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ARTICLE ID 194117

$________ GROSS – CIVIL RIGHTS VIOLATION - HOSPITAL NEGLIGENCE – PREGNANT WOMAN FORCED TO DRINK LAXATIVE – FALSE SUSPICION OF DRUG SMUGGLING – PREMATURE BIRTH OF SON – LEARNING DISABILITY CLAIMED – 58% COMPARATIVE NEGLIGENCE FOUND

Miami-Dade County, FL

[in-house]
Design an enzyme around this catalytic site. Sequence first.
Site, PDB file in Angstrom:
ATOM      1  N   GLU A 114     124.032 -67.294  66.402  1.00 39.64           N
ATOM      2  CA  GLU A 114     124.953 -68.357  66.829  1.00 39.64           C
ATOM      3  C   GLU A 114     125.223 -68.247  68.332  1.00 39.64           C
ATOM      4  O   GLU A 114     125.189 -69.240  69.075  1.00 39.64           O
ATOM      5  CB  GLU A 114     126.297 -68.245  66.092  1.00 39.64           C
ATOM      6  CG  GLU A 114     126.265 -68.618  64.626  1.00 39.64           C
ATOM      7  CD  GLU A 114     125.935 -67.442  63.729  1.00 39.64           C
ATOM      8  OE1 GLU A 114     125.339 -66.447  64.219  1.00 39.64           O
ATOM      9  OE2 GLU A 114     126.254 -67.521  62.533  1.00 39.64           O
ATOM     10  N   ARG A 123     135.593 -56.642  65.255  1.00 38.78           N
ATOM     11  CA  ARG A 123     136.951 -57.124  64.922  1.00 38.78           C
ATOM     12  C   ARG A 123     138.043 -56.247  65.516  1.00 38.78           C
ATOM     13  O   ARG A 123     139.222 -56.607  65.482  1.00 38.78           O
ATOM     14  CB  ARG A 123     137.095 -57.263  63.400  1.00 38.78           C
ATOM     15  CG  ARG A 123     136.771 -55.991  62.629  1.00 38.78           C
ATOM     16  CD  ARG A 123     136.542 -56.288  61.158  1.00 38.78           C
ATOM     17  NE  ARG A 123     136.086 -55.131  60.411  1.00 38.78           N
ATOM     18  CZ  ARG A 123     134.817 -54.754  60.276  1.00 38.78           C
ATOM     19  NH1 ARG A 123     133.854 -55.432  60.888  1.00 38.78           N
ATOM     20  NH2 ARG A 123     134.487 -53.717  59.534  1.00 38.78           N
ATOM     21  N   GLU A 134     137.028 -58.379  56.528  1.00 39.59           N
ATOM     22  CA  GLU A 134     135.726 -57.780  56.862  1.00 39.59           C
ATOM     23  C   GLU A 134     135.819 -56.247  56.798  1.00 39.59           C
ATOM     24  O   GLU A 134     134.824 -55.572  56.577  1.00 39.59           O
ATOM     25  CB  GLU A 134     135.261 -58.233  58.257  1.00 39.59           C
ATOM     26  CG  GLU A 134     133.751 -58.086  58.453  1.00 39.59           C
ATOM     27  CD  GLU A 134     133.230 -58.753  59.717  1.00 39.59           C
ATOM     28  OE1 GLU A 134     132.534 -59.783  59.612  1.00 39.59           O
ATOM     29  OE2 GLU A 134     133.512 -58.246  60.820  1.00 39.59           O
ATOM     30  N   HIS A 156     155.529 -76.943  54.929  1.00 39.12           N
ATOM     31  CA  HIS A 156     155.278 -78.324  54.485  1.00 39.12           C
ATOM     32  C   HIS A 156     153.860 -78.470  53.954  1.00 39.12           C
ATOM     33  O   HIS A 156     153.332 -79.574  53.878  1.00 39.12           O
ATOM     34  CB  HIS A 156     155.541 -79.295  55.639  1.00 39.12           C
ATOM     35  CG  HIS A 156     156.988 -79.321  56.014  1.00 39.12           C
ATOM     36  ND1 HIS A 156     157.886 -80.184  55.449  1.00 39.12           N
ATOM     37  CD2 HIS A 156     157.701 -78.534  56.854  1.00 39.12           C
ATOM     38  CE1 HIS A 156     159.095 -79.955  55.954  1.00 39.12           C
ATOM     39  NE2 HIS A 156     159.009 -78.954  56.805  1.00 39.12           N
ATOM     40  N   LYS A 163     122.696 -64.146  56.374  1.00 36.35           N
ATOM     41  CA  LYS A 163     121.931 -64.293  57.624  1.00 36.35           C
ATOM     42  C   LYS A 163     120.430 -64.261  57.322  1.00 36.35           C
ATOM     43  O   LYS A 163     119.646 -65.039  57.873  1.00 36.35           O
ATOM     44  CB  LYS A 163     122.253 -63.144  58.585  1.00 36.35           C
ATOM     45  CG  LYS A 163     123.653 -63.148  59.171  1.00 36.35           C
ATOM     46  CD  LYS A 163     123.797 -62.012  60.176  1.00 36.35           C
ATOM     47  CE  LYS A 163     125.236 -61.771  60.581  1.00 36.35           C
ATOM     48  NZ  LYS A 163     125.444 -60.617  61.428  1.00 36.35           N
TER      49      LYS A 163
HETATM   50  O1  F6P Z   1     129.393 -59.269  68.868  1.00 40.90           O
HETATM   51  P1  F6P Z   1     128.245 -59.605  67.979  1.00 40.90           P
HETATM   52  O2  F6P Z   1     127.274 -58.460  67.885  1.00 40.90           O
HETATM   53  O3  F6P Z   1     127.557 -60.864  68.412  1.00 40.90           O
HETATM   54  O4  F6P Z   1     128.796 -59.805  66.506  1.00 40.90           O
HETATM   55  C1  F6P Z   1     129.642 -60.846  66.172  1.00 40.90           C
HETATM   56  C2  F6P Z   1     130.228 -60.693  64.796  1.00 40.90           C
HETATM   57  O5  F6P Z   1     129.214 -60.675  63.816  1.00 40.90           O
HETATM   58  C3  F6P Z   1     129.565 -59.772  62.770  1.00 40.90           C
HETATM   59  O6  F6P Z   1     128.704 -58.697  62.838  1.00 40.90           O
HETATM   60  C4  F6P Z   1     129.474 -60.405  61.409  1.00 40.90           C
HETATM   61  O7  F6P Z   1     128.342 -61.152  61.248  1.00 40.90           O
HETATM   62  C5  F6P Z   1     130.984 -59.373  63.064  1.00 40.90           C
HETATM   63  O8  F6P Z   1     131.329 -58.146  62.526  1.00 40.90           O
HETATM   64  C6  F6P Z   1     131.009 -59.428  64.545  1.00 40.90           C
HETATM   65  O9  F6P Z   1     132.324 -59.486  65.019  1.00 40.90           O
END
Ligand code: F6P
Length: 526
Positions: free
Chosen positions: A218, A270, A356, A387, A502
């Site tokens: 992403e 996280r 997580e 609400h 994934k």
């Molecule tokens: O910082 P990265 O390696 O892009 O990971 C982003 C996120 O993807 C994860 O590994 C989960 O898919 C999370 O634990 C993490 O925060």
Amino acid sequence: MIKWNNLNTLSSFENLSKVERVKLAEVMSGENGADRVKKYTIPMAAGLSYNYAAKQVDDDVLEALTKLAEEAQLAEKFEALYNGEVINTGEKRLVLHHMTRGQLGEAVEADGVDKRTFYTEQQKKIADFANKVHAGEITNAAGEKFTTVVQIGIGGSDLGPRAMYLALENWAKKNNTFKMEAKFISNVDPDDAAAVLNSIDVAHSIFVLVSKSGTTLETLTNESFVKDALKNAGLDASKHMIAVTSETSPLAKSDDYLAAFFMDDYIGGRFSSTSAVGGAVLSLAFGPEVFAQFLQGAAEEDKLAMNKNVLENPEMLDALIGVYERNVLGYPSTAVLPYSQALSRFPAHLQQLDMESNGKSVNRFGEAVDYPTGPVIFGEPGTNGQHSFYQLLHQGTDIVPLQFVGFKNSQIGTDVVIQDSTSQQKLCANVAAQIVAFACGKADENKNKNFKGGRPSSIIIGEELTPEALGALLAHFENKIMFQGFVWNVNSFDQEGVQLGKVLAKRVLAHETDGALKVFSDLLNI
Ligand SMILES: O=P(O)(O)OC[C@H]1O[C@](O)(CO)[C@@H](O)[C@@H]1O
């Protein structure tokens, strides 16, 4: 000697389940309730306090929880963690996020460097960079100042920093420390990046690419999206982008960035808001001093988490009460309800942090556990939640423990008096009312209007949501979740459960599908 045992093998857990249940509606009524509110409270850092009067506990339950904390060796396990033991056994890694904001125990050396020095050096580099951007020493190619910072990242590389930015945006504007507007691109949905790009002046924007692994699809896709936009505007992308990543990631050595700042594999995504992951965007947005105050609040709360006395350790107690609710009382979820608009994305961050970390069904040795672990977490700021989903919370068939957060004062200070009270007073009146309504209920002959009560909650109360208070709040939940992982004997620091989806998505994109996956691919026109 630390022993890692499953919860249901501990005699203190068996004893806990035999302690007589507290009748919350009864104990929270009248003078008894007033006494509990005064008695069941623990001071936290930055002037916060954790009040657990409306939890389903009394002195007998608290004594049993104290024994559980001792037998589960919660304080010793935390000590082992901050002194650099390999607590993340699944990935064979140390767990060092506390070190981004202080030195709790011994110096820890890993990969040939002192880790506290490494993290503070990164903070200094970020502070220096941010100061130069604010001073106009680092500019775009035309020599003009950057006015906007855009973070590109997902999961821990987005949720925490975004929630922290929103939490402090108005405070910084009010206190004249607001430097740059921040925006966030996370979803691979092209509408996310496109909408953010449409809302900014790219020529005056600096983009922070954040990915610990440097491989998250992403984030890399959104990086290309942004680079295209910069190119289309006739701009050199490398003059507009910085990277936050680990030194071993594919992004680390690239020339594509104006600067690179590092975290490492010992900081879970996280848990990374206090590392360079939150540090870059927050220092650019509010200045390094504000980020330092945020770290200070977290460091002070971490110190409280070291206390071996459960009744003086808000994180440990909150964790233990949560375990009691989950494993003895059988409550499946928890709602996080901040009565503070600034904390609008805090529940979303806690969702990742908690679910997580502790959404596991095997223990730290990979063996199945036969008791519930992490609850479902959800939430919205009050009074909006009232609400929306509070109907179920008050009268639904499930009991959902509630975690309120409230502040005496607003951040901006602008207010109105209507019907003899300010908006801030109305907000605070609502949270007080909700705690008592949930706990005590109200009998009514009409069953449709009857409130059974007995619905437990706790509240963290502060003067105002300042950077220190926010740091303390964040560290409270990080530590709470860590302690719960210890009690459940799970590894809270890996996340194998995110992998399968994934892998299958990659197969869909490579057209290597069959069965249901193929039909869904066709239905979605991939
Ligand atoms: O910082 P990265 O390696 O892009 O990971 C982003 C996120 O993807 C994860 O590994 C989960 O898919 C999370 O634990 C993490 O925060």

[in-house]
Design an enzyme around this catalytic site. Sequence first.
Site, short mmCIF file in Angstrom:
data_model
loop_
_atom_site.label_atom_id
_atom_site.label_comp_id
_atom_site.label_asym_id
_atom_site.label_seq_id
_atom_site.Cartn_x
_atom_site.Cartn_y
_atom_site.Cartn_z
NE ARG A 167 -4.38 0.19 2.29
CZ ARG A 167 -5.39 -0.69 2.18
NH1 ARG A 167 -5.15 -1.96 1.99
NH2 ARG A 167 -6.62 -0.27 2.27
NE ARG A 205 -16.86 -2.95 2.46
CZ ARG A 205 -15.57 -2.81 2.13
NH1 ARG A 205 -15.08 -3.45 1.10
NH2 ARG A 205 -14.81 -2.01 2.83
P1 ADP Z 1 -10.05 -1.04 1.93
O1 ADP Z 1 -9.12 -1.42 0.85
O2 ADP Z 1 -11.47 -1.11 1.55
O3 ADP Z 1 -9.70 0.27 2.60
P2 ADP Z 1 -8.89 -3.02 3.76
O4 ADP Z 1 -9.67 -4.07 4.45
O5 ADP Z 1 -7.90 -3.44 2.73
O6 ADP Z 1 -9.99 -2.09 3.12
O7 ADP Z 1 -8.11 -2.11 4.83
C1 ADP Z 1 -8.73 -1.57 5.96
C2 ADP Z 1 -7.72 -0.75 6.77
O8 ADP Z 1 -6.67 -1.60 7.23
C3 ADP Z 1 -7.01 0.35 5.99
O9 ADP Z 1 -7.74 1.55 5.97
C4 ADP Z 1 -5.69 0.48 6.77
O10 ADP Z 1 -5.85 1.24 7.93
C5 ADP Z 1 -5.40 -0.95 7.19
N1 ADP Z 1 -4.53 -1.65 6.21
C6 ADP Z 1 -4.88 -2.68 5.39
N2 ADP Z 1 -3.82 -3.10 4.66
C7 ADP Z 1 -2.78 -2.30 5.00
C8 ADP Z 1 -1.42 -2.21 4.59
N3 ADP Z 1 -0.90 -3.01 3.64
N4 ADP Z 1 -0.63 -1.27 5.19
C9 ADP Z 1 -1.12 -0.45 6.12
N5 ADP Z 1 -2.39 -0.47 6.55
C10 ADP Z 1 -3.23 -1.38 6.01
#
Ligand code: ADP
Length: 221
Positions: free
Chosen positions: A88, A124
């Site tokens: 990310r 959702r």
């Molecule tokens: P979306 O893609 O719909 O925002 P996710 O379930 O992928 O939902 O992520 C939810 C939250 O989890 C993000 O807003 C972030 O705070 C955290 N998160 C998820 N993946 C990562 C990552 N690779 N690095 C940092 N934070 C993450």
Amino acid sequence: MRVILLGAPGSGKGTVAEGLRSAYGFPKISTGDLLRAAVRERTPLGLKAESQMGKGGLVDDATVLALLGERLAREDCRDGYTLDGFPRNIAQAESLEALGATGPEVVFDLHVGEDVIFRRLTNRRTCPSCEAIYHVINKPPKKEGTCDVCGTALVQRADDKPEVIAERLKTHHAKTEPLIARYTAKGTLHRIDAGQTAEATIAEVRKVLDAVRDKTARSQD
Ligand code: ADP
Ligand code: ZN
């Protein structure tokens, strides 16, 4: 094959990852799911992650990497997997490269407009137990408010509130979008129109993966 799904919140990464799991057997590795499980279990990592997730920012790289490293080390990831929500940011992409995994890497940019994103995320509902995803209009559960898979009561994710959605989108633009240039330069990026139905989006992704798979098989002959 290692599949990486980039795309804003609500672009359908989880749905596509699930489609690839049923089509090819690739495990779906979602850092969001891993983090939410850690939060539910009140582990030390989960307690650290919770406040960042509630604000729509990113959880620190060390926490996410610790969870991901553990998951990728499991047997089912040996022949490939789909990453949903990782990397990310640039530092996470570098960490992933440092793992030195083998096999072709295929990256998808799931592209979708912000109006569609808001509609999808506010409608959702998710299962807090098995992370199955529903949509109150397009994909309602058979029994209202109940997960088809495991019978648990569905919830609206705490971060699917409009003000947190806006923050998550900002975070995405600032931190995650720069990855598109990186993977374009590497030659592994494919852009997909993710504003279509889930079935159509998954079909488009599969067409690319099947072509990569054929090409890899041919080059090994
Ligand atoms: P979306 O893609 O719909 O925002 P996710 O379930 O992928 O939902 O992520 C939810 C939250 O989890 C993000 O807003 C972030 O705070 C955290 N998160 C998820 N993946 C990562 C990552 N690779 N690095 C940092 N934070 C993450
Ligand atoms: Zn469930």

The plaintiff was a 39-year-old pregnant woman who returned from Jamaica through the Fort Lauderdale International Airport in February ________. She claimed that she was falsely accused of smuggling drugs by swallowing them, was taken to the hospital, handcuffed to a bed, and forced to drink laxative. The plaintiff brought suit against the U.S. Customs Service, Public Health Trust of Dade d/b/a Jackson Memorial Hospital, and several individuals involved in her detention. The plaintiff asserted claims under the U.S. Constitution and Florida law including: Assault, battery, false imprisonment, intentional infliction of emotional distress, unlawful search and seizure, unlawful invasion of privacy, medical negligence, and deliberate indifference to serious medical needs. The suit against the United States Custom Service was dismissed by a federal court. However, the USA remained as a Fabre defendant on the verdict form. The plaintiff alleged that the contraindicated ingestion of laxative caused the premature birth of her son, and resulted in his permanent learning disabilities.The defendant hospital argued that it was the U.S. Customs officials who caused the plaintiff’s detention, and that any learning disability suffered by the plaintiff’s son was caused by the plaintiff’s failure to receive adequate prenatal care. The plaintiff testified that she was detained by custom officials at the airport and transported to the defendant hospital. The plaintiff, who was 28 weeks pregnant at the time, testified that she was cuffed to the hospital bed and told she would not be permitted to leave the hospital until she drank the laxative, GoLytely. The plaintiff was required to pass three separate drug-free stool samples before she was released. She did so and was released from the hospital after two days. Two weeks later, on February 28, ________, the plaintiff’s infant son was born by emergency Caesarian Section. The plaintiff alleged that the premature birth was caused by cramping and bleeding associated with the ingestion of the laxative. The plaintiff’s expert testified that GoLytely was not recommended for pregnant women. The plaintiff’s son, age 17 at trial, asserted his own claim against the defendant. He was diagnosed with a learning disability associated with his premature birth.The defendant hospital argued that it was the U.S. Customs agents who made the decision to detain the plaintiff. Evidence showed that the U.S. Customs Service and defendant hospital had a standing arrangement, whereby the hospital provided medical services to individuals who the Customs agents suspected of smuggling contraband internally. The Customs Department also maintained an office at the hospital staffed by Customs inspectors. The hospital argued that it was Customs officials who handcuffed the plaintiff to the bed and demanded that she drink the laxative. Since x-rays cannot be performed on pregnant women, the defense argued that the hospital followed the standard Customs protocol.The jury found the defendant hospital 30% negligent, the Fabre defendant U.S. Customs 12% negligent, and the plaintiff 58% comparatively negligent. The plaintiff was awarded $________ in damages, reduced accordingly. The award included $________ to the plaintiff and $________ to her son.

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